In the late 1960s, Tom Scholz began attending the Massachusetts Institute of Technology (MIT), where he first began writing music. After graduating with a master’s degree, he began working for the Polaroid Corporation in the product development division. By night, he played keyboards for bands in the Boston bar and club scene, where he collaborated with keyboardist/drummer Jim Masdea. The two—who shared a concept of the perfect rock band, one “with crystal-clear vocals and bone-crunching guitars”—viewed themselves as only part-time musicians. Despite this, the duo built a small studio near Watertown, Massachusetts to record ideas. Scholz recorded for hours on end, often re-recording, erasing and discarding tapes in an effort to create “a perfect song”. Both musicians later joined Mother’s Milk, a band featuring guitarist Barry Goudreau, that vied for recognition in the Boston music scene. Scholz quickly went from keyboardist to lead songwriter, and the band went through dozens of lead vocalists before Brad Delp auditioned. Delp, a former factory worker at a Danvers electric coil company, spent much of his weekends in cover bands. Delp drove to Revere Beach, where the three-piece were performing at a club named Jojo’s. Delp was impressed that the band had recorded a demo tape and were still recording, and earned his position in the band after auditioning the Joe Walsh song “Rocky Mountain Way”. Mother’s Milk became an early version of Boston, with Goudreau on lead guitar.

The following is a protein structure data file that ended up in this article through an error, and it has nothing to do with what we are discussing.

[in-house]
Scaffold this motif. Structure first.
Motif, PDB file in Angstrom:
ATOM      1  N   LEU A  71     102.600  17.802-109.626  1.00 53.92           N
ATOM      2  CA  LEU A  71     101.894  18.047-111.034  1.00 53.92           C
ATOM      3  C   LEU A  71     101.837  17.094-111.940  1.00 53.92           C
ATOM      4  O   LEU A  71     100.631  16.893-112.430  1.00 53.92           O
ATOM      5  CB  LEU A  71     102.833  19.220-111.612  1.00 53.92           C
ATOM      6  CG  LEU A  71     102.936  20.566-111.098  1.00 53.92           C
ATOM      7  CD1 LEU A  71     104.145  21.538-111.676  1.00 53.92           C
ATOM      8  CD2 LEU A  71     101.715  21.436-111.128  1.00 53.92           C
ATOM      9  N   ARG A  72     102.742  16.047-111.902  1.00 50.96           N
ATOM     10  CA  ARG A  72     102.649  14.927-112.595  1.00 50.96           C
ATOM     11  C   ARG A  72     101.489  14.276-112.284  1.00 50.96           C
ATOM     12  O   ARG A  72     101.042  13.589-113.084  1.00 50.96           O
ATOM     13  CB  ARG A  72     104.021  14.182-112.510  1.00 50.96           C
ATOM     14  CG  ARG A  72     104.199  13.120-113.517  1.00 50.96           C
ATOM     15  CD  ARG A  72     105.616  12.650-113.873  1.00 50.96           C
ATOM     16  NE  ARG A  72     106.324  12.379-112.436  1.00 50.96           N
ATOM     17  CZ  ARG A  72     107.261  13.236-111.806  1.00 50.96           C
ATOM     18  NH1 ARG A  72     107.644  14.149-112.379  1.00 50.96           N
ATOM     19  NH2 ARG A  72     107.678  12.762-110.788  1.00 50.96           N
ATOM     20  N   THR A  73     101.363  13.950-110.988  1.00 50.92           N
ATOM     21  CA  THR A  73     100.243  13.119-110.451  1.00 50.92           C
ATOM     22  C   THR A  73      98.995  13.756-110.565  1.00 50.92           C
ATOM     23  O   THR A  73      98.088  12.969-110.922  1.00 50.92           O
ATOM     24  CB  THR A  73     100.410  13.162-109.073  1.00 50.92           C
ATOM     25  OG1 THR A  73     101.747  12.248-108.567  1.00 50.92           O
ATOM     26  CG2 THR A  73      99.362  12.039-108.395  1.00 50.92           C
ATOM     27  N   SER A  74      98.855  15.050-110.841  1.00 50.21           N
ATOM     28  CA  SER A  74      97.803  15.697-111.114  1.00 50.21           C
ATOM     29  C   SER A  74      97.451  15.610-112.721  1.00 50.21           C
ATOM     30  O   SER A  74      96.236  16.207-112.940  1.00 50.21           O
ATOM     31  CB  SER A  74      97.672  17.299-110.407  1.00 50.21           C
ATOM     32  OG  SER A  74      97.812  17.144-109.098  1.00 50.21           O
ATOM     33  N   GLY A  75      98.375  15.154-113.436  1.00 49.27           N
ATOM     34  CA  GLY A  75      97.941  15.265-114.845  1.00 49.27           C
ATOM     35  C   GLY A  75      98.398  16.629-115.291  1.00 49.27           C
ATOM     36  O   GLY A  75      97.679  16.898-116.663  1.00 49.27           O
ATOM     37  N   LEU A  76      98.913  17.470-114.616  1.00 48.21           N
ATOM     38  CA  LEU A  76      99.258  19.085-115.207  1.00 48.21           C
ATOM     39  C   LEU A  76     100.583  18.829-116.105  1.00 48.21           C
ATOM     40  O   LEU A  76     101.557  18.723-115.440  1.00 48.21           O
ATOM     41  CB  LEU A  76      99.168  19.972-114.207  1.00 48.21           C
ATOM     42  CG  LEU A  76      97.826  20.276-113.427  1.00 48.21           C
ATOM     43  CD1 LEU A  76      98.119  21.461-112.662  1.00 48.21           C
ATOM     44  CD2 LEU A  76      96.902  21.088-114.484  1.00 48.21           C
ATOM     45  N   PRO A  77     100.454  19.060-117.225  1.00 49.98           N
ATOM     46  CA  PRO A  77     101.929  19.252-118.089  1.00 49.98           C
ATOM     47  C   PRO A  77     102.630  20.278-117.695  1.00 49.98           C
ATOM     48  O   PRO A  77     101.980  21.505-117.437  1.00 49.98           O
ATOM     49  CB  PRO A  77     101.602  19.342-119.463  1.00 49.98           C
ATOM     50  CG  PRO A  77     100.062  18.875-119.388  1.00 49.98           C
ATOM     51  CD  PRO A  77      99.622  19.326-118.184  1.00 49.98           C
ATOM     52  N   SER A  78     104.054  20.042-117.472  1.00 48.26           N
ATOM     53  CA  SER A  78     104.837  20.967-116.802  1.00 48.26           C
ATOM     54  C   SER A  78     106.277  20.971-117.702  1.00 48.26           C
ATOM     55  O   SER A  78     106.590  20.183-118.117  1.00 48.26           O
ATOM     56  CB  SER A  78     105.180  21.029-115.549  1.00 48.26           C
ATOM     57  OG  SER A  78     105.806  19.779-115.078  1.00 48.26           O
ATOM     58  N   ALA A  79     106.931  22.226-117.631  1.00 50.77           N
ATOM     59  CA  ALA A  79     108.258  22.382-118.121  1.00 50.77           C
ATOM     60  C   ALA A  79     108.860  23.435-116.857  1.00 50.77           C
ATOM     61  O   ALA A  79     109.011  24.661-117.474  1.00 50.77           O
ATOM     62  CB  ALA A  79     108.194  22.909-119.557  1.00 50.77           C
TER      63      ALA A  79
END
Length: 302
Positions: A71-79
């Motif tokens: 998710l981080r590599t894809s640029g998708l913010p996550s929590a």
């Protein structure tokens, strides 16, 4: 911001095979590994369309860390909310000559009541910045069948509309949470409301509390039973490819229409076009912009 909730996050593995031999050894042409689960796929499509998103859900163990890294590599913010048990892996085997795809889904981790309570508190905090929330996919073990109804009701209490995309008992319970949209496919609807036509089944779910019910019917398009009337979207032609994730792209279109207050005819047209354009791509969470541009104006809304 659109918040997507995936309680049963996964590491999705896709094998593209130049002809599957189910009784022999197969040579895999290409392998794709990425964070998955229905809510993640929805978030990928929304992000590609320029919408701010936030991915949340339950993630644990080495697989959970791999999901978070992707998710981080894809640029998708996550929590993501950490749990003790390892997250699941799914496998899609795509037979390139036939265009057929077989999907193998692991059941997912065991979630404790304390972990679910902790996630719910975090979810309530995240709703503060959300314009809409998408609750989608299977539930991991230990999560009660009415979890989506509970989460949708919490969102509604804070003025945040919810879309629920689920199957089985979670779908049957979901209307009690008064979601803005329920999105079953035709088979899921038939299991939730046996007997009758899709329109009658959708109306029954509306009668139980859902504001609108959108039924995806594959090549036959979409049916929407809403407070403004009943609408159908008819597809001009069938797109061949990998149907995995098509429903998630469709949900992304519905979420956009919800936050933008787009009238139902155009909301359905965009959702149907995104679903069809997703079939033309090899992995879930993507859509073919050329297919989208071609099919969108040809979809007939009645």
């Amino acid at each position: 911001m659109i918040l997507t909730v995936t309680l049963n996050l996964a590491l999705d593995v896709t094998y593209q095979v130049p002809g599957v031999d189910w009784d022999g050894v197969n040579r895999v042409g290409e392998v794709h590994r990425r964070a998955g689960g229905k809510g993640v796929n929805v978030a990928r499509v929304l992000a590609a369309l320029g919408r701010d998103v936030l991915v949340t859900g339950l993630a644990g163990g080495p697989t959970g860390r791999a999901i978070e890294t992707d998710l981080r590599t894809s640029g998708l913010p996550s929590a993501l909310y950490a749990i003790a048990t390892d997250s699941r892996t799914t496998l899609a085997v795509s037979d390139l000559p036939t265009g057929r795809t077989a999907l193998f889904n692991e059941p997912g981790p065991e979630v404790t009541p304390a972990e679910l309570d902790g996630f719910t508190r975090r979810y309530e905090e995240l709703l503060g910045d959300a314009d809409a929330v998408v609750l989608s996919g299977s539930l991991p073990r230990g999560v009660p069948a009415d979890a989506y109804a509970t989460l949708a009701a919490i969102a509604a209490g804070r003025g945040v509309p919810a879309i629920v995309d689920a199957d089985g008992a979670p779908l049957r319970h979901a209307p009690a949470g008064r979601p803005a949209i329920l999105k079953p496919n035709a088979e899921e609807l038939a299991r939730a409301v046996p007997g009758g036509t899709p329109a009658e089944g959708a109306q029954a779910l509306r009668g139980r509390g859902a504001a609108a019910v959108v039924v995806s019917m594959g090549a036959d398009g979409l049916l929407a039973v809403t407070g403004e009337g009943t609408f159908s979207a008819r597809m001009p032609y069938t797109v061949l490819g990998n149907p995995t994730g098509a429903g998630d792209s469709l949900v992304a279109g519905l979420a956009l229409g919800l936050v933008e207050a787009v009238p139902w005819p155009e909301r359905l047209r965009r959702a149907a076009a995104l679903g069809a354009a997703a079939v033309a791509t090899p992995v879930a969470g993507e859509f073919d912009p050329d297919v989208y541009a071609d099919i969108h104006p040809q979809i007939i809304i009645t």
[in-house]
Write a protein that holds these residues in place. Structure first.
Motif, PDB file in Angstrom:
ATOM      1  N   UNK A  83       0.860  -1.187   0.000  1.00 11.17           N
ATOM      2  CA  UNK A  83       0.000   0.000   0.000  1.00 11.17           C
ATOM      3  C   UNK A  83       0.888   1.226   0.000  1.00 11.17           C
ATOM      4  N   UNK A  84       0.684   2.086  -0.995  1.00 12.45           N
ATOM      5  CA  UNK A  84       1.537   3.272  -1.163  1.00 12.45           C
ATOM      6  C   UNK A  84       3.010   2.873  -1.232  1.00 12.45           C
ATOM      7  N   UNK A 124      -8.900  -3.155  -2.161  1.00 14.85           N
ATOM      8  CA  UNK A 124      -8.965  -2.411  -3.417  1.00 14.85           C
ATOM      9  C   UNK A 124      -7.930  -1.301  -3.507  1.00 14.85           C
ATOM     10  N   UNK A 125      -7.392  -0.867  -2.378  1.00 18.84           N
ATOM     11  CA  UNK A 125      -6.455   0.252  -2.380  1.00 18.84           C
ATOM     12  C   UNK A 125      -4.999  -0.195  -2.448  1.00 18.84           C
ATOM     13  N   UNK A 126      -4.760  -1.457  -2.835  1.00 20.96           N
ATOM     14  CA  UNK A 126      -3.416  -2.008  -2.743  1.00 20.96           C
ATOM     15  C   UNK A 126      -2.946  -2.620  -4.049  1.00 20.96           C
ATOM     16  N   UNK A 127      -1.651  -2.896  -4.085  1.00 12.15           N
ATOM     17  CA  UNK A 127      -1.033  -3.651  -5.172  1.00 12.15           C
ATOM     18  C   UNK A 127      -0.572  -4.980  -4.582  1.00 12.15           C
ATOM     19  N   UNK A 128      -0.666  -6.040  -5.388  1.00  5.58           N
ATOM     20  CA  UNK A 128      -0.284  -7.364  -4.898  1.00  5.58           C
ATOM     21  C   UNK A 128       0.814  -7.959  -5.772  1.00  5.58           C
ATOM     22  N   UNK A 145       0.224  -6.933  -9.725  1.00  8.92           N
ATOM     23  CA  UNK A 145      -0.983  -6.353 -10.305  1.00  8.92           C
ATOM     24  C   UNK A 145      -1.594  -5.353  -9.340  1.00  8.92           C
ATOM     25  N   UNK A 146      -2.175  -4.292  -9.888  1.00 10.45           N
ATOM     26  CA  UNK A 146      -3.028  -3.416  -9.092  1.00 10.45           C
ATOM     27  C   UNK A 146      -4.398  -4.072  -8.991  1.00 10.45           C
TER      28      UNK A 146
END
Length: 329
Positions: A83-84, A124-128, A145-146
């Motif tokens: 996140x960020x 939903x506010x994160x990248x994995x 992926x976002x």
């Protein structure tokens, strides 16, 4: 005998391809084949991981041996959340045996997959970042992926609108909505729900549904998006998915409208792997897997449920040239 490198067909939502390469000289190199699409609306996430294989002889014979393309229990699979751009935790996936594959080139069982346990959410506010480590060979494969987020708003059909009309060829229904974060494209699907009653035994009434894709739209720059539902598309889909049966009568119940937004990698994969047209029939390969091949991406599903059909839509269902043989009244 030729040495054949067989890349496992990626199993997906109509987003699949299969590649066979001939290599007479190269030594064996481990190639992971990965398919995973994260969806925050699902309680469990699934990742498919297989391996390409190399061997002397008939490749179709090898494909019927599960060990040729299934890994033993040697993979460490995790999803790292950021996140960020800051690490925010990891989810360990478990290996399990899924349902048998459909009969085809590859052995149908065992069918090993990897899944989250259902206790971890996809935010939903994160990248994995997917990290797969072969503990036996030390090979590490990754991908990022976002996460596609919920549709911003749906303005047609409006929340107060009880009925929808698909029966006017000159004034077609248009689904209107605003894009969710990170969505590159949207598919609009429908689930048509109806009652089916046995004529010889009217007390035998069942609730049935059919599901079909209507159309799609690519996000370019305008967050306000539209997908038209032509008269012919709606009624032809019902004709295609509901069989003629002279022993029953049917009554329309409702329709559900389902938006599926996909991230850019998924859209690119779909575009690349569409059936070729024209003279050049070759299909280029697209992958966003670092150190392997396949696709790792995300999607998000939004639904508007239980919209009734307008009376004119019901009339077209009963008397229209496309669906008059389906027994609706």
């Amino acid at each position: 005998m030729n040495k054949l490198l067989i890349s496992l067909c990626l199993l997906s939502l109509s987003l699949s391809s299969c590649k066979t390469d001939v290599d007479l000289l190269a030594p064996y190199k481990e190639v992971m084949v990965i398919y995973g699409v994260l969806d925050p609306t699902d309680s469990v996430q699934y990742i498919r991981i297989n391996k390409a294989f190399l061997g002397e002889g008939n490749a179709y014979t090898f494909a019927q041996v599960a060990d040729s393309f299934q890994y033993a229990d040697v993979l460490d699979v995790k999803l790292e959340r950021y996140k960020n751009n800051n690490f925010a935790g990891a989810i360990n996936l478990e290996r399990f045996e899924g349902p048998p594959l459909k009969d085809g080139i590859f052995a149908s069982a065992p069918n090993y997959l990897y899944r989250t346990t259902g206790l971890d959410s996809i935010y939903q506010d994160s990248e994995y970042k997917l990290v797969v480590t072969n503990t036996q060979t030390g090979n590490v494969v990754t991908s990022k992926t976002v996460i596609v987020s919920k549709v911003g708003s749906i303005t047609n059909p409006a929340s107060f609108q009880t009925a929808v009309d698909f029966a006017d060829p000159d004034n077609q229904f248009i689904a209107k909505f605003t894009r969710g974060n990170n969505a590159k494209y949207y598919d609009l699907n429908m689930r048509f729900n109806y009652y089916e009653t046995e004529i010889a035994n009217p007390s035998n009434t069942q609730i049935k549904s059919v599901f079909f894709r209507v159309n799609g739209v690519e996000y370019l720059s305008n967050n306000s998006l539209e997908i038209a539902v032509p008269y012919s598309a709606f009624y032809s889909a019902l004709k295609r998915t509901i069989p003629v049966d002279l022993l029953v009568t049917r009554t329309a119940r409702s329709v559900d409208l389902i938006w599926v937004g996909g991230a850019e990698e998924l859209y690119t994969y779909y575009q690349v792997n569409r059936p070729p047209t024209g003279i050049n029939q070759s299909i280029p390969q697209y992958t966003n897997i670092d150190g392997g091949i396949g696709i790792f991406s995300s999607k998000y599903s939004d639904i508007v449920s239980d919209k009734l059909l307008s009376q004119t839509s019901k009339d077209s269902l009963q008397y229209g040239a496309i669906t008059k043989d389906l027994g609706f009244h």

By 1973, the band had a six-song demo tape ready for mailing, and Scholz and his wife Cindy sent copies to every record company they could find. The songs on the demo were “More Than a Feeling”, “Peace of Mind”, “Rock & Roll Band”, “Something About You”, “Hitch a Ride” (under a different title) and “Don’t Be Afraid” (which would be eventually released on Don’t Look Back). The group received rejection slips from several labels—RCA, Capitol, Atlantic and Elektra among the most notable—and Epic Records rejected the tape flatly with a “very insulting letter” signed by company head Lennie Petze that opined the band “offered nothing new”. The tape that received the most attention contained embryonic renditions of future songs that would appear on Boston’s debut album. Financial reality encroached the dream for Delp, who departed shortly thereafter because “there just wasn’t any money coming in”. By 1975, Tom Scholz was finished with the club scene, concentrating exclusively on the demo tapes he recorded at home in his basement. Scholz was renting the house and spent much of his funds on recording equipment; at one point, he spent the money he had saved for a down payment on a future home on a Scully 8-track. He called Delp to provide vocals, remarking, “If you can’t really afford to join the band or if you don’t want to join the band, maybe you’d just want to come down to the studio and sing on some of these tapes for me.” Scholz had given the Mother’s Milk demo to a Polaroid co-worker whose cousin worked at ABC Records (who had signed one of Scholz’s favorite bands, the James Gang). The employee forgot to mail the tape out and it sat in his desk for months until Columbia began contacting Scholz, after which he sent the tape to ABC.